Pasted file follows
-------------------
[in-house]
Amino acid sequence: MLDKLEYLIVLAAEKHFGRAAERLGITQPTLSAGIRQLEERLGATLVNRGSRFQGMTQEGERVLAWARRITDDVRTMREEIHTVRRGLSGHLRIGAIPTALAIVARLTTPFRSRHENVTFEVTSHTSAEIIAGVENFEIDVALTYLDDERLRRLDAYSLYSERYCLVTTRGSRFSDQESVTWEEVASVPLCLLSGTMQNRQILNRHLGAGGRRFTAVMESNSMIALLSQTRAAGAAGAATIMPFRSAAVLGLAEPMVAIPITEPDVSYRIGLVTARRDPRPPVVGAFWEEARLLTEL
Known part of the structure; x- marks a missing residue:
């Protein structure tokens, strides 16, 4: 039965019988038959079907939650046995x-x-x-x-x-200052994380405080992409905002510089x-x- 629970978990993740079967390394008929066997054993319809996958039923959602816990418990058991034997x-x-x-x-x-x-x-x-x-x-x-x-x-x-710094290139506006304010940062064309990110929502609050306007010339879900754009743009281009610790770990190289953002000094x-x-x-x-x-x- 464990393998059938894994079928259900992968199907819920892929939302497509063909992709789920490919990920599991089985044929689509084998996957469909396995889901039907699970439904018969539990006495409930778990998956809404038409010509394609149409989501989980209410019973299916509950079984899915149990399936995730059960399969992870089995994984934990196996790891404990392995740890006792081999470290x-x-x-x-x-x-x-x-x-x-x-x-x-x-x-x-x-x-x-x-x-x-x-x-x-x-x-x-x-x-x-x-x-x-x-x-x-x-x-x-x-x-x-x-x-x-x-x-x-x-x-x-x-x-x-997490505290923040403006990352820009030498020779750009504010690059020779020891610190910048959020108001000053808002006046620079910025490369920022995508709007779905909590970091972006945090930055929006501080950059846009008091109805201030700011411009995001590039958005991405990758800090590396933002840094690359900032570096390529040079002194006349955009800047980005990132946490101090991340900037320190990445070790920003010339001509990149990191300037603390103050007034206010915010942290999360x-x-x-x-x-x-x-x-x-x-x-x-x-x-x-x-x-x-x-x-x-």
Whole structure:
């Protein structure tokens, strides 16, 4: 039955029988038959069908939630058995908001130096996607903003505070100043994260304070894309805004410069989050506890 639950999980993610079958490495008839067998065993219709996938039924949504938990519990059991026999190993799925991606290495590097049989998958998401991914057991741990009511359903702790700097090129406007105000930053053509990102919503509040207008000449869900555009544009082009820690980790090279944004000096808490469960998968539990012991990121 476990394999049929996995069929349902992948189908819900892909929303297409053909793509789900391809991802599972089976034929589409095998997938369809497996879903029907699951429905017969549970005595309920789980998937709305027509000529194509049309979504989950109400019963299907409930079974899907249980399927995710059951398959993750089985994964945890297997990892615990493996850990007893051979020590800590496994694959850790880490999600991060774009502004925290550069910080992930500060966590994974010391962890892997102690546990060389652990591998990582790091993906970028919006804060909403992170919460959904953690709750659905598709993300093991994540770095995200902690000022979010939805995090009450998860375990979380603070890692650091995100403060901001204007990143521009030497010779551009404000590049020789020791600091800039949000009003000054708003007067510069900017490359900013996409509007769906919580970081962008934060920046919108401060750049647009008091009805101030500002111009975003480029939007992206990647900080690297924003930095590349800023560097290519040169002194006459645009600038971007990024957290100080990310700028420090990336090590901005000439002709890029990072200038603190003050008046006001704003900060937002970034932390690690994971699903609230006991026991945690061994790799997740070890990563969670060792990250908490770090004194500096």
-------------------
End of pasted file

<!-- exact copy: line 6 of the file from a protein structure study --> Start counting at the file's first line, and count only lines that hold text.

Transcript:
């Protein structure tokens, strides 16, 4: 039955029988038959069908939630058995908001130096996607903003505070100043994260304070894309805004410069989050506890 639950999980993610079958490495008839067998065993219709996938039924949504938990519990059991026999190993799925991606290495590097049989998958998401991914057991741990009511359903702790700097090129406007105000930053053509990102919503509040207008000449869900555009544009082009820690980790090279944004000096808490469960998968539990012991990121 476990394999049929996995069929349902992948189908819900892909929303297409053909793509789900391809991802599972089976034929589409095998997938369809497996879903029907699951429905017969549970005595309920789980998937709305027509000529194509049309979504989950109400019963299907409930079974899907249980399927995710059951398959993750089985994964945890297997990892615990493996850990007893051979020590800590496994694959850790880490999600991060774009502004925290550069910080992930500060966590994974010391962890892997102690546990060389652990591998990582790091993906970028919006804060909403992170919460959904953690709750659905598709993300093991994540770095995200902690000022979010939805995090009450998860375990979380603070890692650091995100403060901001204007990143521009030497010779551009404000590049020789020791600091800039949000009003000054708003007067510069900017490359900013996409509007769906919580970081962008934060920046919108401060750049647009008091009805101030500002111009975003480029939007992206990647900080690297924003930095590349800023560097290519040169002194006459645009600038971007990024957290100080990310700028420090990336090590901005000439002709890029990072200038603190003050008046006001704003900060937002970034932390690690994971699903609230006991026991945690061994790799997740070890990563969670060792990250908490770090004194500096």